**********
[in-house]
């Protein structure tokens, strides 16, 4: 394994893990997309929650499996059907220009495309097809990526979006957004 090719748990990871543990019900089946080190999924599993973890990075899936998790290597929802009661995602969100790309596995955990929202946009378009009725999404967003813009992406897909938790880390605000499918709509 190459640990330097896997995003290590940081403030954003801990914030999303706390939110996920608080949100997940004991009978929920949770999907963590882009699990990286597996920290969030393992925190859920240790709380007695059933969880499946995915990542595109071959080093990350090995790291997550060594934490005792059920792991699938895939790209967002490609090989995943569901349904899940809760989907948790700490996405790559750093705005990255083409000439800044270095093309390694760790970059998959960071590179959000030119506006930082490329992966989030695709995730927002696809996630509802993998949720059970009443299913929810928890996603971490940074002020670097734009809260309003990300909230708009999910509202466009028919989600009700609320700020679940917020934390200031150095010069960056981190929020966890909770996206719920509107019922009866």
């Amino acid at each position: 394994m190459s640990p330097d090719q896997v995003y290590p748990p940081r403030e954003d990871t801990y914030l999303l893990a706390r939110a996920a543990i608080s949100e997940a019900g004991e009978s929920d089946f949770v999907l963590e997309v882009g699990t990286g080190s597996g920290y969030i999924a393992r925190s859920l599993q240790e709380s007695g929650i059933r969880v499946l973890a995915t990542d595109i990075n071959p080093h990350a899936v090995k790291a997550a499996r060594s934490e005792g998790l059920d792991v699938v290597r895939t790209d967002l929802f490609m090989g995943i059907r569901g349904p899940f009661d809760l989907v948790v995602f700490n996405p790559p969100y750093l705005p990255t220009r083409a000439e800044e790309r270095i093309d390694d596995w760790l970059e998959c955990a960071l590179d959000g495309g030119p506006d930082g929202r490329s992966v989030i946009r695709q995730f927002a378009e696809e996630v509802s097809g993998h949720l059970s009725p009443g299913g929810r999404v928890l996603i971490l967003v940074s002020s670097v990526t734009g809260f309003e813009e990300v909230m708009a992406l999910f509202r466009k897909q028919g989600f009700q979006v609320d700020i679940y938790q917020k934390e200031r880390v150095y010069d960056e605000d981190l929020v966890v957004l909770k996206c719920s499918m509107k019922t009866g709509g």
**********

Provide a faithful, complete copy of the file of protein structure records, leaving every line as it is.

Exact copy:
[in-house]
């Protein structure tokens, strides 16, 4: 394994893990997309929650499996059907220009495309097809990526979006957004 090719748990990871543990019900089946080190999924599993973890990075899936998790290597929802009661995602969100790309596995955990929202946009378009009725999404967003813009992406897909938790880390605000499918709509 190459640990330097896997995003290590940081403030954003801990914030999303706390939110996920608080949100997940004991009978929920949770999907963590882009699990990286597996920290969030393992925190859920240790709380007695059933969880499946995915990542595109071959080093990350090995790291997550060594934490005792059920792991699938895939790209967002490609090989995943569901349904899940809760989907948790700490996405790559750093705005990255083409000439800044270095093309390694760790970059998959960071590179959000030119506006930082490329992966989030695709995730927002696809996630509802993998949720059970009443299913929810928890996603971490940074002020670097734009809260309003990300909230708009999910509202466009028919989600009700609320700020679940917020934390200031150095010069960056981190929020966890909770996206719920509107019922009866």
């Amino acid at each position: 394994m190459s640990p330097d090719q896997v995003y290590p748990p940081r403030e954003d990871t801990y914030l999303l893990a706390r939110a996920a543990i608080s949100e997940a019900g004991e009978s929920d089946f949770v999907l963590e997309v882009g699990t990286g080190s597996g920290y969030i999924a393992r925190s859920l599993q240790e709380s007695g929650i059933r969880v499946l973890a995915t990542d595109i990075n071959p080093h990350a899936v090995k790291a997550a499996r060594s934490e005792g998790l059920d792991v699938v290597r895939t790209d967002l929802f490609m090989g995943i059907r569901g349904p899940f009661d809760l989907v948790v995602f700490n996405p790559p969100y750093l705005p990255t220009r083409a000439e800044e790309r270095i093309d390694d596995w760790l970059e998959c955990a960071l590179d959000g495309g030119p506006d930082g929202r490329s992966v989030i946009r695709q995730f927002a378009e696809e996630v509802s097809g993998h949720l059970s009725p009443g299913g929810r999404v928890l996603i971490l967003v940074s002020s670097v990526t734009g809260f309003e813009e990300v909230m708009a992406l999910f509202r466009k897909q028919g989600f009700q979006v609320d700020i679940y938790q917020k934390e200031r880390v150095y010069d960056e605000d981190l929020v966890v957004l909770k996206c719920s499918m509107k019922t009866g709509g």